This case considers the importance of extrinsic evidence in the context of a loan agreement, and how the lines may be blurred between personal loans and loans to a company. A1 was a director of the company, and A2 was his wife. R1 and R2 presented statutory demands to A1 and A2 in relation to a loan that was claimed by A1 and A2 to be a loan to a company, not a loan to them personally. The Court had to consider whether the statutory demands should be set aside.
At first instance, the Judge refused to set aside two statutory demands on the basis they were not disputed on substantial grounds. On appeal, the decision at first instance was upheld.
A1 and A2 failed to repay a loan of £50,000 made available by R1 and R2. Loan documentation (in the form of a letter signed by A1 and A2) set out that A1 and A2 were the borrowers and that the loan was to be repaid “when [A1 and A2’s] business… has the ability to do so, or at a requested date”. However, there was a dialogue between the parties over email which A1 and A2 argued demonstrated an intention that the loan was made to A1’s company. The loan was also paid from R2 to the company’s bank account.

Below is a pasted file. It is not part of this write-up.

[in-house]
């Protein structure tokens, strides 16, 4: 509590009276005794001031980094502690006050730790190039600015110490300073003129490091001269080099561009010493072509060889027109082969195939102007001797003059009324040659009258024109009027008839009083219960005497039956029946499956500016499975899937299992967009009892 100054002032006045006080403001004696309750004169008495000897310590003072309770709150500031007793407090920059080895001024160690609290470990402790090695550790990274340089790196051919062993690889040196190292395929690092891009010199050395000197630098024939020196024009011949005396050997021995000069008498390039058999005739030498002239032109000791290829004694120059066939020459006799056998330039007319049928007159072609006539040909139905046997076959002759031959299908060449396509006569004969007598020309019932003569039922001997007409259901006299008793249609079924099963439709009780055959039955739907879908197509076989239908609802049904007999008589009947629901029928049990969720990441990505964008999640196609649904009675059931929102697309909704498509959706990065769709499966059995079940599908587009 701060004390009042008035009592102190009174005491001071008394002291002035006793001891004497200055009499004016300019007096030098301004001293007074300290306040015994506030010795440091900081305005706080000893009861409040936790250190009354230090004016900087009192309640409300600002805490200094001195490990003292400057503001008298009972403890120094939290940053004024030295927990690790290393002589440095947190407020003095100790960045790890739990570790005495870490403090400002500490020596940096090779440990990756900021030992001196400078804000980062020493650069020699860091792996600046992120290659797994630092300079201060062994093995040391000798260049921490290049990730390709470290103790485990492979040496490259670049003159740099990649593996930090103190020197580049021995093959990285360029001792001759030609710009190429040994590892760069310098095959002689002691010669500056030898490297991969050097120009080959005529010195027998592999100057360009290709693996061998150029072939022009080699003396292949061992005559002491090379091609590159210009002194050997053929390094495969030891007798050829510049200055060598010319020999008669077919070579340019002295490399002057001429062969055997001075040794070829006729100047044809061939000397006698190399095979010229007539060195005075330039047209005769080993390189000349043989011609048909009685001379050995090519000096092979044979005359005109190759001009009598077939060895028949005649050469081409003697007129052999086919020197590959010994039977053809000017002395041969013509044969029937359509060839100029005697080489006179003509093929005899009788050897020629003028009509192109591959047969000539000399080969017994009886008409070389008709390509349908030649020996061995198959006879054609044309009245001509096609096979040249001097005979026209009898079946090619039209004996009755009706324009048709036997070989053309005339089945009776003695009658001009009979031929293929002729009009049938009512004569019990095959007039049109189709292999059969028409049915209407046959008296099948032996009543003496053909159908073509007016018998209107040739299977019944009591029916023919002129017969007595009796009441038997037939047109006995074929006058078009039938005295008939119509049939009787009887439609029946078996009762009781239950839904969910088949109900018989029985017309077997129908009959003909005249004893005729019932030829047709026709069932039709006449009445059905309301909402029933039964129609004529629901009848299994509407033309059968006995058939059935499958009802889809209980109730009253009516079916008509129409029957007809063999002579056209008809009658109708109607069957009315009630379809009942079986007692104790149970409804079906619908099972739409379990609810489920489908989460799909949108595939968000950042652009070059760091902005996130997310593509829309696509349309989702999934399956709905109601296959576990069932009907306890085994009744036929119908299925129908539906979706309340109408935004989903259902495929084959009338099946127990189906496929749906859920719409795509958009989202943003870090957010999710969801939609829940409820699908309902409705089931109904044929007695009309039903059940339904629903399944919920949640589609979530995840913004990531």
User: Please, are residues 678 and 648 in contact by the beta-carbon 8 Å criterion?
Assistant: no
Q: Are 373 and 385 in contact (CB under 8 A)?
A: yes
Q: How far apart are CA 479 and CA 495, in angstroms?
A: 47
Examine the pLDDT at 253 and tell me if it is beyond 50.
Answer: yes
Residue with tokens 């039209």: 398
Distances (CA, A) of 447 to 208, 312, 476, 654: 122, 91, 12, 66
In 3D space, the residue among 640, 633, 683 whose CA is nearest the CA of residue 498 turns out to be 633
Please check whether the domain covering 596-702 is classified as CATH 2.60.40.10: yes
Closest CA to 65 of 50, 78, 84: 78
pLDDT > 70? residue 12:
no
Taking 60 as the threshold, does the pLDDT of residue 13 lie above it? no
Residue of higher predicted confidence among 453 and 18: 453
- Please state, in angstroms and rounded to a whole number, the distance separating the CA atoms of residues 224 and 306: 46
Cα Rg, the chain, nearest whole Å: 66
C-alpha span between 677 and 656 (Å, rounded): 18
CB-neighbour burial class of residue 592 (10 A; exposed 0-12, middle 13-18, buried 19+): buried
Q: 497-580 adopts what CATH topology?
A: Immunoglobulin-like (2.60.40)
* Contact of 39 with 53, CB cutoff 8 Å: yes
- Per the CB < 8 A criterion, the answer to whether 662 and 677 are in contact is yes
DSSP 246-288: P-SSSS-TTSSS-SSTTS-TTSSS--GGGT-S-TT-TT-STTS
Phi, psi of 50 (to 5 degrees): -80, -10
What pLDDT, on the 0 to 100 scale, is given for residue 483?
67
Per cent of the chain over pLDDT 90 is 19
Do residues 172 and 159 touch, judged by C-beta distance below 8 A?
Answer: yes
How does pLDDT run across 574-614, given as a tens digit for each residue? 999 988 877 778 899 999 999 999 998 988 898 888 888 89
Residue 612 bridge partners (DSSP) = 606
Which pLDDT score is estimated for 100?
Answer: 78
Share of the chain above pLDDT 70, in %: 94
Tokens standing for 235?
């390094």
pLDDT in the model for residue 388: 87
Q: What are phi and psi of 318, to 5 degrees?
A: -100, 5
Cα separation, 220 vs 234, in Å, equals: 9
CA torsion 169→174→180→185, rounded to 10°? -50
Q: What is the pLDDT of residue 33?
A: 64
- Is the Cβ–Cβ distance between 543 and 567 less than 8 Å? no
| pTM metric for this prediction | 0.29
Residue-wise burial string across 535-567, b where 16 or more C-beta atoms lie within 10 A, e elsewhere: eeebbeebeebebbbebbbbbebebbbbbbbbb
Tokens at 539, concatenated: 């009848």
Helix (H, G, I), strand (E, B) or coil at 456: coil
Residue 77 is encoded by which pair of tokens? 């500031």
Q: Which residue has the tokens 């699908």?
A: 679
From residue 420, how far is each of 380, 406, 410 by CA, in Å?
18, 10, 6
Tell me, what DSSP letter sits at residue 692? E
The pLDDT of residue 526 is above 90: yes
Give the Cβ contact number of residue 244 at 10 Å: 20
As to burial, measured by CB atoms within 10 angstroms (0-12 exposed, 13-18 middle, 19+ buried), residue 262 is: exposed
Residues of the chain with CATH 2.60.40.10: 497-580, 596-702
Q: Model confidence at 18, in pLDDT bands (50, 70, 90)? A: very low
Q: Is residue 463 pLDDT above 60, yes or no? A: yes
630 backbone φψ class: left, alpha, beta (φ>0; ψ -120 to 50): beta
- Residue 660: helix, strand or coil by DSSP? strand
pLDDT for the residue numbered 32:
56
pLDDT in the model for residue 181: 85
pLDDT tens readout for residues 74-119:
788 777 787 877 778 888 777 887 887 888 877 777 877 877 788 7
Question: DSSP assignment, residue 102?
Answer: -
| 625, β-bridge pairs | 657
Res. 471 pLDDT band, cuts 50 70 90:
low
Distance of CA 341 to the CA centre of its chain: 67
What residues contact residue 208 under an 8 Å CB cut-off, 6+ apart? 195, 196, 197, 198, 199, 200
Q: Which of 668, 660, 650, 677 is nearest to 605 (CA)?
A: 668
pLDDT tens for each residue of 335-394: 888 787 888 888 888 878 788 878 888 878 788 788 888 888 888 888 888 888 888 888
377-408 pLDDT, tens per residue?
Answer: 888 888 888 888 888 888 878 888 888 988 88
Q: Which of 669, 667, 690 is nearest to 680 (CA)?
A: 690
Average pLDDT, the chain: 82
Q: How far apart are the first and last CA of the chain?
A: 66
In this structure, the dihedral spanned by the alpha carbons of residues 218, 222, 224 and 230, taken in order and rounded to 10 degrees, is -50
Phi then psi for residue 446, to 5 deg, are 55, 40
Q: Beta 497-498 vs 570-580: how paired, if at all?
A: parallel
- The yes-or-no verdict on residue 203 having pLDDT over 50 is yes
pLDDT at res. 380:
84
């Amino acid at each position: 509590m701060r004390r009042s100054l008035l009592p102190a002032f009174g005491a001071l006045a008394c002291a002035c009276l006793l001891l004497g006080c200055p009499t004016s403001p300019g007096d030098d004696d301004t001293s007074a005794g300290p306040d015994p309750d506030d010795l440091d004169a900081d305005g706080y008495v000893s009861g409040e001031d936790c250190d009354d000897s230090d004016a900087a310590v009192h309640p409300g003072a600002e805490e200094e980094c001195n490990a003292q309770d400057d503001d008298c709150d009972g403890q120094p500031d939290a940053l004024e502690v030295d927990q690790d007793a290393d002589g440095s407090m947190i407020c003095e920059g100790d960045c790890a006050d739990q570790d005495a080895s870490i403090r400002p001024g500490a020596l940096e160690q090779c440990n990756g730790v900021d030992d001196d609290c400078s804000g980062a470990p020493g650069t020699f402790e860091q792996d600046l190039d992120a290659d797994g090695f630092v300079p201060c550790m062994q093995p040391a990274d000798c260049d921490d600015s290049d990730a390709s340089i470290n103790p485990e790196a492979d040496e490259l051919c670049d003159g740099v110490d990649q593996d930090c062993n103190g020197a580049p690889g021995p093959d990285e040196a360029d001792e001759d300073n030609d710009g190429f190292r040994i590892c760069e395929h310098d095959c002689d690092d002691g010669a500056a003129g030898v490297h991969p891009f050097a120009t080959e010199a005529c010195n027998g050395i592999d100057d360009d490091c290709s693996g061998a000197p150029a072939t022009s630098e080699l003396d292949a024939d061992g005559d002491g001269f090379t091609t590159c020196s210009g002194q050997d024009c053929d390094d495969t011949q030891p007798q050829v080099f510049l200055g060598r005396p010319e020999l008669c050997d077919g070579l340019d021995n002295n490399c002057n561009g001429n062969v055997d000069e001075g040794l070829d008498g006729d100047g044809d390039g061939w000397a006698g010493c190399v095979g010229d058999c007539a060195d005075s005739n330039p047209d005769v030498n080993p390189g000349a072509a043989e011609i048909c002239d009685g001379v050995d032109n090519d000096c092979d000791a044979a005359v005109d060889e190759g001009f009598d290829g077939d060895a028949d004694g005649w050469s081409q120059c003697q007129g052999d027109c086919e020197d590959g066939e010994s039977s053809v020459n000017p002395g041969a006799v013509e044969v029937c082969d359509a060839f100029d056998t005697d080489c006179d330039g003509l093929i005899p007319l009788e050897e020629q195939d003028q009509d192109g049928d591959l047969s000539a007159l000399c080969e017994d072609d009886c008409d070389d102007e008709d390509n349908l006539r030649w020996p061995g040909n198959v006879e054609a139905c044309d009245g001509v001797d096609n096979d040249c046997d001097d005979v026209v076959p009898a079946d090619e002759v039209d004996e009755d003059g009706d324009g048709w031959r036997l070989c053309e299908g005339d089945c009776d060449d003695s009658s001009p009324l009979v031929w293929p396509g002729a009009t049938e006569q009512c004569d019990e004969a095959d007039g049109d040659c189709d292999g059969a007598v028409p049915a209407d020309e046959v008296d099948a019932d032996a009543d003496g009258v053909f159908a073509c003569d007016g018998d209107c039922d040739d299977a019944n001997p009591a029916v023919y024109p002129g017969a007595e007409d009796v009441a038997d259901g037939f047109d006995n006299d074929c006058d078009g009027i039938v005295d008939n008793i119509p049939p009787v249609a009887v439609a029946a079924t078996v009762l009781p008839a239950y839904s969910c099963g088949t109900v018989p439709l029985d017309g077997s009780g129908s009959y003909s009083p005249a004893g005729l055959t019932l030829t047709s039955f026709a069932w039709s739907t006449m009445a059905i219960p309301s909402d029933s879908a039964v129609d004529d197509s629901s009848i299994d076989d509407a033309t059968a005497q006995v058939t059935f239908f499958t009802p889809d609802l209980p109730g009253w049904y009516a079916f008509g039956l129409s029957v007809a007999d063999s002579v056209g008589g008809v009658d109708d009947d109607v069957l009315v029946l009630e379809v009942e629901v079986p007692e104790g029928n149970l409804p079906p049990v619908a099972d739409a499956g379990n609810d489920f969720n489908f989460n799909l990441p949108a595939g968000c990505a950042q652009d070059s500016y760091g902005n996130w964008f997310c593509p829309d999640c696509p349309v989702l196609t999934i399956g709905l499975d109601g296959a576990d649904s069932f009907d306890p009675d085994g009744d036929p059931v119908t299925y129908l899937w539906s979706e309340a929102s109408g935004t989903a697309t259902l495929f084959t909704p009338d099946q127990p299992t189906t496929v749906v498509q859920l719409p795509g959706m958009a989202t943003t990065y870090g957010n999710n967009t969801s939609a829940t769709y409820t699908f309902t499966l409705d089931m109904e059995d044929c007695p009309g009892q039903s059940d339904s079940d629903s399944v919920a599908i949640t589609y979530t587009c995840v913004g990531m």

The Appellants argued that there was a substantial dispute in relation to the debt as a result of the extrinsic evidence as to liability for the loan. The Respondents argued that the contemporaneous emails were irrelevant and that the loan documentation constituted the entire contract.
The Court considered whether the Appellants could rely on the extrinsic evidence to either i) show that the loan agreement was not intended to be conclusive as to the terms of the arrangement; or ii) to show that if the evidence was considered as part of the relevant background it demonstrates that the loan agreement would be understood differently. It further found that it was capable of determining these questions as effectively as any Court dealing with a trial of the matter and that the Appellants’ argument could not succeed on any reasonable analysis.
As such, the Appellants’ argument failed and the decision at first instance (not to set aside the statutory demands) was upheld.
This case highlights that although the test for setting aside a statutory demand on the basis of a disputed debt may, in some circumstances, be considered a “low bar” the Court will not shy away from considering the relevant underlying legal arguments where appropriate.